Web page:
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    Lower Gas Prices Will Mean Happier Holidays

    Spending likely to increase as consumer confidence remains elevated.

    ALEXANDRIA, Va. — Declining gas prices are likely to prompt increased holiday spending this year, particularly among men and consumers aged 18 to 34, according to a new national survey measuring consumer optimism conducted by NACS, the Association for Convenience & Fuel Retailing.

    For the first time in two years, a majority of men (51 percent) are optimistic about the economy. An even higher percentage of younger consumers (56 percent) feel the same. Both groups say they are more likely to increase their spending during this holiday season.

    Consumer confidence remains elevated as gas prices have dropped nearly 70 cents per gallon to under $3 per gallon over the past four months, NACS stated in its latest monthly report. Americans save an estimated $3.7 million per day at the pump for every 1-cent decline.

    Consumer optimism for November holds steady at 46 percent, marking the fourth time in five months that optimism was at 46 percent or higher.

    Consumers also have expectations about future gas price declines, with 26 percent saying they think gas prices will be even lower in 30 days than they are today. This is the most positive gas price forecast made by consumers since NACS launched its monthly consumer surveys in January 2013.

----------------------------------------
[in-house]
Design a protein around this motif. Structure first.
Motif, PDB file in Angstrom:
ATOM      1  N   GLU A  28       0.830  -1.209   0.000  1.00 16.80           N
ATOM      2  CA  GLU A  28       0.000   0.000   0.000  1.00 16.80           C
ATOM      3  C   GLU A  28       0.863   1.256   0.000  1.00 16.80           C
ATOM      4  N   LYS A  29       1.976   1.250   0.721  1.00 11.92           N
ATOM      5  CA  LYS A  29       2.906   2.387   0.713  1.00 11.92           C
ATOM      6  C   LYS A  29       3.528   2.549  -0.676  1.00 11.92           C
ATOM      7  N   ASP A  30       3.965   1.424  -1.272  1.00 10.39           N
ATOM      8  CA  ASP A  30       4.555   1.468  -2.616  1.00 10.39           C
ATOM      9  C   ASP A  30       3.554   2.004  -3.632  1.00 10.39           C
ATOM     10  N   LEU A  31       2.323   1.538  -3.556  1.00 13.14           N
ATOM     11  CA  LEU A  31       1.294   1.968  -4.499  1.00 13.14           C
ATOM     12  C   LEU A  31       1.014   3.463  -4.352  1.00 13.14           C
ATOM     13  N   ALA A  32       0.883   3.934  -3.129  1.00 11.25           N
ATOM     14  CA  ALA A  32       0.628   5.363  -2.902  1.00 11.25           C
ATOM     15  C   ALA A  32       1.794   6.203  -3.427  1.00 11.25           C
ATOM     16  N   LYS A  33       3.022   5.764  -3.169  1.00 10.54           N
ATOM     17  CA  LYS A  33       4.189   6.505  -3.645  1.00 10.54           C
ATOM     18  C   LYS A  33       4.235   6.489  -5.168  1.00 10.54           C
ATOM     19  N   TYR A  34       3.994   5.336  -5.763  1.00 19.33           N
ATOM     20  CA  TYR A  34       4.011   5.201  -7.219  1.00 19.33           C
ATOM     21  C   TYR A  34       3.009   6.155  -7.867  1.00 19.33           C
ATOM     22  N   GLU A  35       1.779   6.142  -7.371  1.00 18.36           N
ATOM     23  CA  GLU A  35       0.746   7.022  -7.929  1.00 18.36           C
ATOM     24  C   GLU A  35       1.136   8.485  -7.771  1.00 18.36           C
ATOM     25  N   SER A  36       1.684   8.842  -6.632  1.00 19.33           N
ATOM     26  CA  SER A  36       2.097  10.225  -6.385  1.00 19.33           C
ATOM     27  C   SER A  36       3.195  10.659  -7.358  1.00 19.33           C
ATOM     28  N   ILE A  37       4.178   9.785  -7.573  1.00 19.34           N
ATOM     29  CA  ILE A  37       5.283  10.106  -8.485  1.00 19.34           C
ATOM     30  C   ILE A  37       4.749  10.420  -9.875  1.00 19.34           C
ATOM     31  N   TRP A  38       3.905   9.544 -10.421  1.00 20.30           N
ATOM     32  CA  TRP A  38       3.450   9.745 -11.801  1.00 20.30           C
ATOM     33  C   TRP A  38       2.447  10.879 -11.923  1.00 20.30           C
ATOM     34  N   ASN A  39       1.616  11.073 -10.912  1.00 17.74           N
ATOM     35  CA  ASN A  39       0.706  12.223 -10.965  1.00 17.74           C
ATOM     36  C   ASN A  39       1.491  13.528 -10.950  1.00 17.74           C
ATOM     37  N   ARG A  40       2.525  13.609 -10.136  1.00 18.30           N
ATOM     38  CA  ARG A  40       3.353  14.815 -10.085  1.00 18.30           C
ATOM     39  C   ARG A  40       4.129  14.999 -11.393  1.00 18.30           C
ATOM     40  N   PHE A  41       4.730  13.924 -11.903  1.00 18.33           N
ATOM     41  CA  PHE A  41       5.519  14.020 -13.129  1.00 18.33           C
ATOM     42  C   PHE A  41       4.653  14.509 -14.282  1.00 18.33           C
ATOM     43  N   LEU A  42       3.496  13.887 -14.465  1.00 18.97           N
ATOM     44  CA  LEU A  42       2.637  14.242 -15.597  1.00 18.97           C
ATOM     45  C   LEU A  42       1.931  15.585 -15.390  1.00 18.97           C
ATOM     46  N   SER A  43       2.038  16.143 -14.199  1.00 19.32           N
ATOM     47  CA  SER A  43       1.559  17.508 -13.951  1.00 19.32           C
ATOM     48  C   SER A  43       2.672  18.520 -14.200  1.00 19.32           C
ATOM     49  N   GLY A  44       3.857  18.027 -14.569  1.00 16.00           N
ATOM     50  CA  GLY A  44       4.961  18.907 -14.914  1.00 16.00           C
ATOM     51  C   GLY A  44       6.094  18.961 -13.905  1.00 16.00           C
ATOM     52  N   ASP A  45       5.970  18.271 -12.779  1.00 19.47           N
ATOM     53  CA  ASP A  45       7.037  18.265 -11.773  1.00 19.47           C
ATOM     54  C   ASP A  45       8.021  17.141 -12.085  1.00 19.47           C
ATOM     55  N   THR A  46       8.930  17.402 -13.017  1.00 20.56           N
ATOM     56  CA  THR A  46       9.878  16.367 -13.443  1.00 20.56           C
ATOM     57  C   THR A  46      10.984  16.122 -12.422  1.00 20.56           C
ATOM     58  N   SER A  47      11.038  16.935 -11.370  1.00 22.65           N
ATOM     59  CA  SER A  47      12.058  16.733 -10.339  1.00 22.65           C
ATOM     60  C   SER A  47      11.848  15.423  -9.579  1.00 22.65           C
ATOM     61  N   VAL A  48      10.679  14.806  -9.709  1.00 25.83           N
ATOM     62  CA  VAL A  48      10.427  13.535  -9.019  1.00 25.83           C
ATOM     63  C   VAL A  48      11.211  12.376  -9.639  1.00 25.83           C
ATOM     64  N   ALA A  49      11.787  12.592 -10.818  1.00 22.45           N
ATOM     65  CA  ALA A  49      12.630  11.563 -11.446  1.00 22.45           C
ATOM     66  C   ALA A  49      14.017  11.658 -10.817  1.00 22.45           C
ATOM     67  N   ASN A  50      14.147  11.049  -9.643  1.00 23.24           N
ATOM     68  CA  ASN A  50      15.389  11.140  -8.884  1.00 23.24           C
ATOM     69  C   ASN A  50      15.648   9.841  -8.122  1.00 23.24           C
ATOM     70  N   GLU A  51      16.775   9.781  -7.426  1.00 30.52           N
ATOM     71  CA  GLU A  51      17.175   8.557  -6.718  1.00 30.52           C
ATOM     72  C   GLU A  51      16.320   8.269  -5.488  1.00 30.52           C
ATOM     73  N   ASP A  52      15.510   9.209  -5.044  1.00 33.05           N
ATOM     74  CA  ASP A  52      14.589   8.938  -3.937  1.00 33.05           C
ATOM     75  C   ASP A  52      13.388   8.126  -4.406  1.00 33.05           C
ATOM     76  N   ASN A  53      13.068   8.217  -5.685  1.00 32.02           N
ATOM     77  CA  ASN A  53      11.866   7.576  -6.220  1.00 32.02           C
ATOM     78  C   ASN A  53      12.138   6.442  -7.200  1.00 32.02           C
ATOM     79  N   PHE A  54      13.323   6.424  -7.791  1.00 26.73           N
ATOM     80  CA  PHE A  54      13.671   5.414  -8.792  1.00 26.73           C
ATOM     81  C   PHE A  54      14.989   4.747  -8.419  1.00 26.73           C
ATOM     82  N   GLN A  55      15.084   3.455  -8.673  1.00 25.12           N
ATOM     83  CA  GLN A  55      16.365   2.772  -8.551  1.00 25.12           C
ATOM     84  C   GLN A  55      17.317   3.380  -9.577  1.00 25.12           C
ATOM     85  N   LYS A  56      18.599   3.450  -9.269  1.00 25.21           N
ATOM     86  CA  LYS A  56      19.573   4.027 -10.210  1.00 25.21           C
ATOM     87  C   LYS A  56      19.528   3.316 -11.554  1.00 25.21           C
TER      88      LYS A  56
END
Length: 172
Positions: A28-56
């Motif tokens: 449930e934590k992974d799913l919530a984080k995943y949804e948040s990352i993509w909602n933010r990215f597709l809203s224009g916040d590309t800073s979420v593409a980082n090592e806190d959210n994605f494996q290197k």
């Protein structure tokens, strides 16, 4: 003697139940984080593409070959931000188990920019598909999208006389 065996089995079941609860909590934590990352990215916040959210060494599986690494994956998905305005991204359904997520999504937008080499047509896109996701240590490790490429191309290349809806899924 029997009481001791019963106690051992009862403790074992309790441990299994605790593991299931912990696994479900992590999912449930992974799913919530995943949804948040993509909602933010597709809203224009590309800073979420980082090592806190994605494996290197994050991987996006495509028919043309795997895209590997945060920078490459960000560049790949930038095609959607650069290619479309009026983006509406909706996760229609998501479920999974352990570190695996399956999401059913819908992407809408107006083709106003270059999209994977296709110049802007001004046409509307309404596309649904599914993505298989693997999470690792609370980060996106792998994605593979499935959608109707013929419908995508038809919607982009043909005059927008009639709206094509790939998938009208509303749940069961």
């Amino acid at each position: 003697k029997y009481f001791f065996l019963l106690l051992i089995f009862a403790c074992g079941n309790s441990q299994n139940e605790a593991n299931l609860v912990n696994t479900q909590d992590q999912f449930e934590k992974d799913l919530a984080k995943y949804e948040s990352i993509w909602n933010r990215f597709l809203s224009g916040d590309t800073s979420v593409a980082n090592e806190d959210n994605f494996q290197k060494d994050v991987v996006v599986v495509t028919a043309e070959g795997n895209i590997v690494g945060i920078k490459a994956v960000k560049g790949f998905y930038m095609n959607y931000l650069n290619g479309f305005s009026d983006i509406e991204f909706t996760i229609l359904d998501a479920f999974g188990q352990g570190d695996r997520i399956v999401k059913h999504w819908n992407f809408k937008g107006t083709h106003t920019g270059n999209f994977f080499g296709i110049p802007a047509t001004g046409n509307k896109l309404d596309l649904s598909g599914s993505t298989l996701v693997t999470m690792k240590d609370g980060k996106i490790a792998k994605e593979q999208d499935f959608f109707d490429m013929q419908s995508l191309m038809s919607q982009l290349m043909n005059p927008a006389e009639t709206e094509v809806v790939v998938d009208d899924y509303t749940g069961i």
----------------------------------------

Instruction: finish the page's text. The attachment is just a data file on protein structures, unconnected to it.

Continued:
While 65 percent of Americans say they will spend the same this holiday season, 14 percent say they intend to spend more this year because of the lower gas prices. The two most optimistic groups are also the most likely to increase their holiday spending: 27 percent of those aged 18 to 34 and 18 percent of men intend to increase their holiday shopping because of lower gas prices.

    "Our surveys over the past two years show that gas prices clearly play a major role in consumer sentiment about the economy," said Jeff Lenard, NACS' vice president of strategic initiatives. "However, declining gas prices alone may not take consumer sentiment much higher in the short term. It may take similarly positive news about the economy as a whole before the majority of Americans feel positive about the economy."

    Penn, Schoen and Berland Associates LLC surveyed 1,110 gas customers for NACS from Nov. 5-7.

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